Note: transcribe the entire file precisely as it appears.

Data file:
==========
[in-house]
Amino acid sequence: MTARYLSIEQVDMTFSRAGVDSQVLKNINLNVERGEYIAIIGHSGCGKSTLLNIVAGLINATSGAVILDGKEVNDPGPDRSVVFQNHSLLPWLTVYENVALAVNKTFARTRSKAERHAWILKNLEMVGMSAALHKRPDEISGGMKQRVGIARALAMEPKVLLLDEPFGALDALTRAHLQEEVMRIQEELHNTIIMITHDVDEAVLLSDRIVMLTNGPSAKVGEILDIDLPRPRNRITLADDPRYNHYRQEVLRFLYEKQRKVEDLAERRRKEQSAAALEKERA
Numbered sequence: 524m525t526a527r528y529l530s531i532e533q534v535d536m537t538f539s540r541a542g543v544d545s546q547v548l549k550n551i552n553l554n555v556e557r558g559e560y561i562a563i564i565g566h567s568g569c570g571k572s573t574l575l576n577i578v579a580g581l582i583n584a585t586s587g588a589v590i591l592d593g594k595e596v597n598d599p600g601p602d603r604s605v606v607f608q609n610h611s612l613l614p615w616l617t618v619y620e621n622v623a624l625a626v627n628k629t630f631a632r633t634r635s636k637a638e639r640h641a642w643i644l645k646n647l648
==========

[in-house]
Amino acid sequence: MTARYLSIEQVDMTFSRAGVDSQVLKNINLNVERGEYIAIIGHSGCGKSTLLNIVAGLINATSGAVILDGKEVNDPGPDRSVVFQNHSLLPWLTVYENVALAVNKTFARTRSKAERHAWILKNLEMVGMSAALHKRPDEISGGMKQRVGIARALAMEPKVLLLDEPFGALDALTRAHLQEEVMRIQEELHNTIIMITHDVDEAVLLSDRIVMLTNGPSAKVGEILDIDLPRPRNRITLADDPRYNHYRQEVLRFLYEKQRKVEDLAERRRKEQSAAALEKERA
Numbered sequence: 524m525t526a527r528y529l530s531i532e533q534v535d536m537t538f539s540r541a542g543v544d545s546q547v548l549k550n551i552n553l554n555v556e557r558g559e560y561i562a563i564i565g566h567s568g569c570g571k572s573t574l575l576n577i578v579a580g581l582i583n584a585t586s587g588a589v590i591l592d593g594k595e596v597n598d599p600g601p602d603r604s605v606v607f608q609n610h611s612l613l614p615w616l617t618v619y620e621n622v623a624l625a626v627n628k629t630f631a632r633t634r635s636k637a638e639r640h641a642w643i644l645k646n647l648